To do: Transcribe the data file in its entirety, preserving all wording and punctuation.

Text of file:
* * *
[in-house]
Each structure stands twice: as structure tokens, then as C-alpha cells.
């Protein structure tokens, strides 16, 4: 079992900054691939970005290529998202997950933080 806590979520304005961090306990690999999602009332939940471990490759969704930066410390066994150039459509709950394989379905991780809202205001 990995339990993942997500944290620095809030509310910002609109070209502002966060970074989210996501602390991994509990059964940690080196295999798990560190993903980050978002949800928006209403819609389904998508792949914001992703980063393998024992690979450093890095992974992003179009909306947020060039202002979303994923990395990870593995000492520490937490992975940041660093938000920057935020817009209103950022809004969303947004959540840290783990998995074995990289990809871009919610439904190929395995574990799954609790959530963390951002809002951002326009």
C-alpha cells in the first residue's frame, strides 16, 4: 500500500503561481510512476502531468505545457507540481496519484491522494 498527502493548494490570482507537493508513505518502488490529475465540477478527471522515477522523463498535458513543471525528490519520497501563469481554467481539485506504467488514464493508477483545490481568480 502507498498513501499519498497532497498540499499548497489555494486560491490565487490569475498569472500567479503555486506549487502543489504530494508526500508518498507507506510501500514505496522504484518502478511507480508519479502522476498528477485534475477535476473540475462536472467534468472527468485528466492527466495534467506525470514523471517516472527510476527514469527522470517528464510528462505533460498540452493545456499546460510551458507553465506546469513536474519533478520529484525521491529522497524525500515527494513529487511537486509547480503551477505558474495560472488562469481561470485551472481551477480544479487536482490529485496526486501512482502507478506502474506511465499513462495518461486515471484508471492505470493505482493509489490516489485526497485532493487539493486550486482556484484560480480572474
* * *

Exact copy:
[in-house]
Each structure stands twice: as structure tokens, then as C-alpha cells.
């Protein structure tokens, strides 16, 4: 079992900054691939970005290529998202997950933080 806590979520304005961090306990690999999602009332939940471990490759969704930066410390066994150039459509709950394989379905991780809202205001 990995339990993942997500944290620095809030509310910002609109070209502002966060970074989210996501602390991994509990059964940690080196295999798990560190993903980050978002949800928006209403819609389904998508792949914001992703980063393998024992690979450093890095992974992003179009909306947020060039202002979303994923990395990870593995000492520490937490992975940041660093938000920057935020817009209103950022809004969303947004959540840290783990998995074995990289990809871009919610439904190929395995574990799954609790959530963390951002809002951002326009």
C-alpha cells in the first residue's frame, strides 16, 4: 500500500503561481510512476502531468505545457507540481496519484491522494 498527502493548494490570482507537493508513505518502488490529475465540477478527471522515477522523463498535458513543471525528490519520497501563469481554467481539485506504467488514464493508477483545490481568480 502507498498513501499519498497532497498540499499548497489555494486560491490565487490569475498569472500567479503555486506549487502543489504530494508526500508518498507507506510501500514505496522504484518502478511507480508519479502522476498528477485534475477535476473540475462536472467534468472527468485528466492527466495534467506525470514523471517516472527510476527514469527522470517528464510528462505533460498540452493545456499546460510551458507553465506546469513536474519533478520529484525521491529522497524525500515527494513529487511537486509547480503551477505558474495560472488562469481561470485551472481551477480544479487536482490529485496526486501512482502507478506502474506511465499513462495518461486515471484508471492505470493505482493509489490516489485526497485532493487539493486550486482556484484560480480572474